With news surfaced Monday that Jeff Janis expects to miss the next 4-6 weeks while recovering from a broken hand, the Green Bay Packers appear to have a significantly less complicated decision to make at wide receiver come final cut down. However, the team must know determine the best way to handle Janis, a player who has displayed tremendous potential yet continues to struggle with basic aspects of the receiver position.
One option the Packers don’t have is placing Janis on the physically unable to perform list (PUP). Only players that have not participated in training camp maintain eligibility for the PUP, and Janis broke his hand during one of the team’s practices.
Still, Green Bay does have other ways of keeping Janis off the market without burning a roster spot. However, that doesn’t mean a the third-year wide receiver cannot still end up of the team’s Week 1 53-man roster.
Let’s break down the Packers’ options.
Waive Janis outright
While it doesn’t seem especially likely at this stage, the Packers could decide not to continue the Janis experiment and waive him outright. Another team could either claim him off waivers or the wideout would become a free agent.
Waiving Janis would create a dead-cap figure of just under $13,000 and create a savings of $600,000. The Packers currently possess around $9 million in cap space, so Janis’ contract doesn’t make a meaningful impact either way.
Given what Green Bay has already invested in Janis -- two full years and an offseason -- along with Janis’ impact on special teams as both a kickoff returner and gunner, such an approach seems imprudent, especially since the team has more appealing options.
Keep Janis on the 53-man roster
Obviously, the lack of two working hands makes catching passes a rather difficult endeavor for Janis. Still, as one of the NFL’s elite gunners on special teams, he can still factor into games as part of the Packers’ coverage units.
Janis would have to work with a club on his injured hand, which could limit his ability to wrap up on tackles. Still, his speed allows him to run down punts faster than almost anyone the Packers have on special teams, forcing fair catches and mistakes by returners.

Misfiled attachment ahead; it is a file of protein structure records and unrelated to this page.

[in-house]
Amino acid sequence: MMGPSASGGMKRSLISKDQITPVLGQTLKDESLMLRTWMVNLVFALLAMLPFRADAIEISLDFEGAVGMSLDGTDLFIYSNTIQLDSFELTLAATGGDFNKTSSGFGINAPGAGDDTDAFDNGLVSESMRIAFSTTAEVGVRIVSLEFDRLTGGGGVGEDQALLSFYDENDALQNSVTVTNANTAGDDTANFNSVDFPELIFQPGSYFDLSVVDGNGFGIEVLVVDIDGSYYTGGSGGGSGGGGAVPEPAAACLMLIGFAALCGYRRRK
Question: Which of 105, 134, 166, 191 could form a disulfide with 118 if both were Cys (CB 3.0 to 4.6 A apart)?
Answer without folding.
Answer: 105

Don’t expect Green Bay to play Janis the rest of the preseason; the coaching staff already knows what he can do on special teams. Still, it remains possible the team could keep him on the 53 and even activate him on game days as a gunner while he recovers from his hand injury. Doing so would prevent another club from sniffing Janis, but it would also mean severing ties with another useful player who may not pass through waivers or sign to the Packers’ practice squad.
Place Janis on injured reserve
The Packers could have their cake and eat it too simply by placing Janis on injured reserve when the final cut down arrives. Doing so allows the team to save a roster spot for a healthy player while simultaneously keeping him out of the hands of other clubs. Green Bay cannot place Janis on IR before the final cut down without first exposing him to waivers, as the wideout does not have the necessary four accrued season to do so.
And a trip to injured reserve doesn’t necessarily prevent Janis from playing for the Packers in 2016. The NFL changed its rules in 2012 to allow teams to designate one player for return after spending at least eight weeks on IR. Those rules changed again this offseason, removing the requirement to designate ahead of time. Now, the Packers could place Janis on IR and decide later whether or not to bring him back.
Doing so allows Green Bay to weigh the benefits and risks of activating Janis over an extended period rather than betting that a more important player doesn’t suffer a major injury later on. So if, say, Aaron Rodgers breaks his collarbone again, the team can decide to place the quarterback on IR and use their long activation on him rather than Janis.